ALBANY, GA (WALB) - An Associate Municipal Court Judge says he's proud of how Albany handles fines, and says the system should never be used as a way to generate revenue.
Recently a Department of Justice report found police and judges in Ferguson were using unfair practices, targeting folks as a source of revenue, rather than focusing on public safety.
Municipal Court Judge Ralph Scoccimaro says Albany has never done that.
"The city has never has never intimated, either expressly or implicitly that we are to generate certain fines or certain bottom lines or anything of that sort,"says Associate Municipal Court Judge Ralph Scoccimaro.
Scoccimaro says he's proud to work in Albany and that police here are fair.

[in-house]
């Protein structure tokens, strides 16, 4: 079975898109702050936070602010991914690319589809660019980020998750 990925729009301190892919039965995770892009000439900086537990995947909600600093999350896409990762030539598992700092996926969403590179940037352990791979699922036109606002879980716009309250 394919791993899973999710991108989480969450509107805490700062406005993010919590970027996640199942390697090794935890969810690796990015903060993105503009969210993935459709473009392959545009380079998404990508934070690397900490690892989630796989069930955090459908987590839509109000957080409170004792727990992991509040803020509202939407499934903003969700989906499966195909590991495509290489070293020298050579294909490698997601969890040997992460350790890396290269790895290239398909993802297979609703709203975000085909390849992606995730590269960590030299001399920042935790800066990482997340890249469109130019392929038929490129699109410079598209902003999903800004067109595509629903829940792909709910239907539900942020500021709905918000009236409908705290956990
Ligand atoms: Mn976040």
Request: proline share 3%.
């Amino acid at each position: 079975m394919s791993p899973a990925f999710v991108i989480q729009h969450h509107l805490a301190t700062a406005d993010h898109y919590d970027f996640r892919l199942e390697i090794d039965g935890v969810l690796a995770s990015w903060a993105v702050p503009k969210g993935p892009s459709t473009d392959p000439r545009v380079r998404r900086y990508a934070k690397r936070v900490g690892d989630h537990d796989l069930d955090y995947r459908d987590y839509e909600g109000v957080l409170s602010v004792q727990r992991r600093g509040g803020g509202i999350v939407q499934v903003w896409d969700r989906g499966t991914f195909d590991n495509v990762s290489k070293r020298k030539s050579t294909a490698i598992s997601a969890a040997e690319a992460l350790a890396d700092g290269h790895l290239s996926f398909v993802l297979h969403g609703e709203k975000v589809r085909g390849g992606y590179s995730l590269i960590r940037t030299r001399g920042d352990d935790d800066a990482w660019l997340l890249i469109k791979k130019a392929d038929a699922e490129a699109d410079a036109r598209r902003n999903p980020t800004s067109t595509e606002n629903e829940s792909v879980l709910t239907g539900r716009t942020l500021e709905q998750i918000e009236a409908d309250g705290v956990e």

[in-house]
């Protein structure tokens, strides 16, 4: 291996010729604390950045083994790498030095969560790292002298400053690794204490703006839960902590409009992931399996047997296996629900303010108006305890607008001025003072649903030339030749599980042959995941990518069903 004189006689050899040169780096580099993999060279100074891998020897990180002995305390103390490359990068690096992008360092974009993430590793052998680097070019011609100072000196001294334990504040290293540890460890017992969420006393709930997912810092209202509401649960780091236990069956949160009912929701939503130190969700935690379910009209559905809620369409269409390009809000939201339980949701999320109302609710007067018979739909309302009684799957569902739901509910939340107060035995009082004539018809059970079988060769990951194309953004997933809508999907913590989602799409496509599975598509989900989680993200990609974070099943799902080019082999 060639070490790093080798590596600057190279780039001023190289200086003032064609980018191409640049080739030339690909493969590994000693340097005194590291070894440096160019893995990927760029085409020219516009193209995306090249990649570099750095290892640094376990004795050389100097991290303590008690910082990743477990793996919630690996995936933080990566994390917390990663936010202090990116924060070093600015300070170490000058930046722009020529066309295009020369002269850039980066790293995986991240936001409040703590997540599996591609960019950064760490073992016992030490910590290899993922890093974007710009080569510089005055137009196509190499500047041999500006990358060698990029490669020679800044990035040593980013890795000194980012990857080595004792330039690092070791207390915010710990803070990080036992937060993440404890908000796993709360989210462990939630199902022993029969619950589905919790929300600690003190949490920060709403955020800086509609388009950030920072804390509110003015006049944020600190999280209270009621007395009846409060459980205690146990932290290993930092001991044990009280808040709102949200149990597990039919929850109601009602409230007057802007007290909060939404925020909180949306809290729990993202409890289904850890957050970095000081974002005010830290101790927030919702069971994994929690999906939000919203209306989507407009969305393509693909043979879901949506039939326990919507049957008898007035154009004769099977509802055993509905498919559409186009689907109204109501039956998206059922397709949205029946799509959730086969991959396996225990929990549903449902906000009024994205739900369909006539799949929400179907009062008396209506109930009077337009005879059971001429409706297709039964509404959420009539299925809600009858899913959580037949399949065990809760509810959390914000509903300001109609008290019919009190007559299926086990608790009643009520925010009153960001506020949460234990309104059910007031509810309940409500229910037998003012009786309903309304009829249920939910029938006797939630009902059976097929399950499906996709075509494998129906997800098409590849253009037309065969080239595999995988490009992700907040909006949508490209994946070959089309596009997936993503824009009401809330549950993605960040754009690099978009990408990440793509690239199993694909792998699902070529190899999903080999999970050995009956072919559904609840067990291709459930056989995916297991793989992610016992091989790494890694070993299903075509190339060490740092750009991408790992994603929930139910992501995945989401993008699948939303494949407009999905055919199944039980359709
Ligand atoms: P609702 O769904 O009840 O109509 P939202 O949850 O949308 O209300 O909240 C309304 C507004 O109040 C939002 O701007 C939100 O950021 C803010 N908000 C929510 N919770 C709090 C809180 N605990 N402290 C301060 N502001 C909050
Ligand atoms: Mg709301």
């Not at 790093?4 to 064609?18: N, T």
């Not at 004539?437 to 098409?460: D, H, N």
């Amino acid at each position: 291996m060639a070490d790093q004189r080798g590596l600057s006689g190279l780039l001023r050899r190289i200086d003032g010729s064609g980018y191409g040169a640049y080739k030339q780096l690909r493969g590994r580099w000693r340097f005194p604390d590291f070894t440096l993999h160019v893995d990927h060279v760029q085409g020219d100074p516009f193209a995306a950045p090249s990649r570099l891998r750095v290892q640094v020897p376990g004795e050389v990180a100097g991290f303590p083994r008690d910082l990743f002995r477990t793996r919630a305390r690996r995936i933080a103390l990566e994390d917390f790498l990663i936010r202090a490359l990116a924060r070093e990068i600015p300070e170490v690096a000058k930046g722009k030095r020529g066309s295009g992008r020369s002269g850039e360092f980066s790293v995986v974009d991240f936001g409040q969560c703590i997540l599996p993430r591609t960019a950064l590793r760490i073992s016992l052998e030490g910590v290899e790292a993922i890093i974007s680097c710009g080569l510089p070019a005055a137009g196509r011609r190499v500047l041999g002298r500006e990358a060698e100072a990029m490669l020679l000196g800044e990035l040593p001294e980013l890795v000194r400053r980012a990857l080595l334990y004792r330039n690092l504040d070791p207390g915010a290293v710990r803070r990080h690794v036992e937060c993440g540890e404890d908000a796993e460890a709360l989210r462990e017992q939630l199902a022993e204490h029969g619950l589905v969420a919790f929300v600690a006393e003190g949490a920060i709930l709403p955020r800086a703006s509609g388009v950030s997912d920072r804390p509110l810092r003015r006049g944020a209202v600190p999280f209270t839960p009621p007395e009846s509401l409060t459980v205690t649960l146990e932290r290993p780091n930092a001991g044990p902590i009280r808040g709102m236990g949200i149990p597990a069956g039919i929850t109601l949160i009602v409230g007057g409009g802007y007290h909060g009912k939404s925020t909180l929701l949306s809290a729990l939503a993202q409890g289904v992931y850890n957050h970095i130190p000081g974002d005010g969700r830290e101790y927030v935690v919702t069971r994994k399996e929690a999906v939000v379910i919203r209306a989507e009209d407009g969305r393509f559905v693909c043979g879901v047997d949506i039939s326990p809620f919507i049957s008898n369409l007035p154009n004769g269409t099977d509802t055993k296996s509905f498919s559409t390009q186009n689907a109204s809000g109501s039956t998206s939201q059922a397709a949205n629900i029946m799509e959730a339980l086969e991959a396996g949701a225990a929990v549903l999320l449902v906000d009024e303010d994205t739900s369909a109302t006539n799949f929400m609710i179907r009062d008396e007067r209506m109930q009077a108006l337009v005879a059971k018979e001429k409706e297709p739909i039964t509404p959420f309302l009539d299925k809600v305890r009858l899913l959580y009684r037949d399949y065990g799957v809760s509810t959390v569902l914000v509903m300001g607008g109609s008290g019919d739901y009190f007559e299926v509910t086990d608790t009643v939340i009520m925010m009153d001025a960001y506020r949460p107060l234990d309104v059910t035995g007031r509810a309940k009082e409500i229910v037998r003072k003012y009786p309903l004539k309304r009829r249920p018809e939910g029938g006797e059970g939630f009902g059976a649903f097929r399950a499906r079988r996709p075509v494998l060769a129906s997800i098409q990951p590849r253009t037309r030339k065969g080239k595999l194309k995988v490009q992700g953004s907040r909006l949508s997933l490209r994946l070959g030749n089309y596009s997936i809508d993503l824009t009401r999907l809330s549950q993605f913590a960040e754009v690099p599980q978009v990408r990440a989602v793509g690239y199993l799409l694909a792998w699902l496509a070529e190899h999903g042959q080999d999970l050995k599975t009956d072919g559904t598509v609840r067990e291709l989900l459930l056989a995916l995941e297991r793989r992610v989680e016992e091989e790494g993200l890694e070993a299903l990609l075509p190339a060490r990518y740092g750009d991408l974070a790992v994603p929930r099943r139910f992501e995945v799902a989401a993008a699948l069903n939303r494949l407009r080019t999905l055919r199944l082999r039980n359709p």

"So we can be harsh, but we can be very very compassionate," says Scoccimaro.
He says he works to be fair, while still enforcing the law, often by reducing fines.
"We are not going to destroy anyone financially, We always consider a person's financial background while we considered state mandated fines that must be imposed, that's certainly something I must do, like a DUI, or certain other offenses, but in other cases where there is discretion," he says.
And when it comes to young people, municipal judges often give second chances to help them grow into productive citizens.
"We make certain that first offense is not going to mark that individual for the rest of his life. That's important to us. And also not to give them a bitter taste in their mouth about public officials especially the court," says Scoccimaro.
Judge Scoccimaro says he's given fines as low as ten dollars, and as high as 1500